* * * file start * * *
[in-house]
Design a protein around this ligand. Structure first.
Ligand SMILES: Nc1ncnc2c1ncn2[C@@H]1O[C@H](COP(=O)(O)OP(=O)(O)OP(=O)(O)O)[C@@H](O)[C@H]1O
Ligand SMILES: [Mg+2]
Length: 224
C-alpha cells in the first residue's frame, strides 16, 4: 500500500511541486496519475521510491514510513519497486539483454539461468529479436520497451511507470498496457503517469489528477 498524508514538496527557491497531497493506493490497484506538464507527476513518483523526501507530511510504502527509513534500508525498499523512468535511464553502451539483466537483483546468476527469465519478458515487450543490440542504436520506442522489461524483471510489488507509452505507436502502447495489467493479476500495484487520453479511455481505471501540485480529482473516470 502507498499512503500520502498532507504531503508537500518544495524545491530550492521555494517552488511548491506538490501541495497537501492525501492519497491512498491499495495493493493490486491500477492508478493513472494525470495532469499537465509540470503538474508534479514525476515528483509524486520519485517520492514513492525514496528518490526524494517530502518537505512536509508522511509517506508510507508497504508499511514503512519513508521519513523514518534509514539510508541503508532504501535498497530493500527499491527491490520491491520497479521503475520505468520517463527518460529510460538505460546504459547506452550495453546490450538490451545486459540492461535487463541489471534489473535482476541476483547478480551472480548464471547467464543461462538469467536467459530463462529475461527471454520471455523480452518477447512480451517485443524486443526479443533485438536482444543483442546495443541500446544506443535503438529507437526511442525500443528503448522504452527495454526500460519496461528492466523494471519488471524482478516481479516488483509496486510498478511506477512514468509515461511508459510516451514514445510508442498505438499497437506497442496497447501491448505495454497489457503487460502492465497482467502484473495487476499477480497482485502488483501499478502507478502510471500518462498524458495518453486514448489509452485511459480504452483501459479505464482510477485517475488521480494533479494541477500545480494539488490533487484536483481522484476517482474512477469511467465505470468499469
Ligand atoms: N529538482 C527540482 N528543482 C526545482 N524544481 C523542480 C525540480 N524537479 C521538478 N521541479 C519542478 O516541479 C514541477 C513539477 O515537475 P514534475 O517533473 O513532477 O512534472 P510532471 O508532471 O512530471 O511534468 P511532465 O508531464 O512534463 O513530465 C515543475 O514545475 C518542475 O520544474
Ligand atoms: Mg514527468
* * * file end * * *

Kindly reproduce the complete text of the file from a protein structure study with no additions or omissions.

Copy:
[in-house]
Design a protein around this ligand. Structure first.
Ligand SMILES: Nc1ncnc2c1ncn2[C@@H]1O[C@H](COP(=O)(O)OP(=O)(O)OP(=O)(O)O)[C@@H](O)[C@H]1O
Ligand SMILES: [Mg+2]
Length: 224
C-alpha cells in the first residue's frame, strides 16, 4: 500500500511541486496519475521510491514510513519497486539483454539461468529479436520497451511507470498496457503517469489528477 498524508514538496527557491497531497493506493490497484506538464507527476513518483523526501507530511510504502527509513534500508525498499523512468535511464553502451539483466537483483546468476527469465519478458515487450543490440542504436520506442522489461524483471510489488507509452505507436502502447495489467493479476500495484487520453479511455481505471501540485480529482473516470 502507498499512503500520502498532507504531503508537500518544495524545491530550492521555494517552488511548491506538490501541495497537501492525501492519497491512498491499495495493493493490486491500477492508478493513472494525470495532469499537465509540470503538474508534479514525476515528483509524486520519485517520492514513492525514496528518490526524494517530502518537505512536509508522511509517506508510507508497504508499511514503512519513508521519513523514518534509514539510508541503508532504501535498497530493500527499491527491490520491491520497479521503475520505468520517463527518460529510460538505460546504459547506452550495453546490450538490451545486459540492461535487463541489471534489473535482476541476483547478480551472480548464471547467464543461462538469467536467459530463462529475461527471454520471455523480452518477447512480451517485443524486443526479443533485438536482444543483442546495443541500446544506443535503438529507437526511442525500443528503448522504452527495454526500460519496461528492466523494471519488471524482478516481479516488483509496486510498478511506477512514468509515461511508459510516451514514445510508442498505438499497437506497442496497447501491448505495454497489457503487460502492465497482467502484473495487476499477480497482485502488483501499478502507478502510471500518462498524458495518453486514448489509452485511459480504452483501459479505464482510477485517475488521480494533479494541477500545480494539488490533487484536483481522484476517482474512477469511467465505470468499469
Ligand atoms: N529538482 C527540482 N528543482 C526545482 N524544481 C523542480 C525540480 N524537479 C521538478 N521541479 C519542478 O516541479 C514541477 C513539477 O515537475 P514534475 O517533473 O513532477 O512534472 P510532471 O508532471 O512530471 O511534468 P511532465 O508531464 O512534463 O513530465 C515543475 O514545475 C518542475 O520544474
Ligand atoms: Mg514527468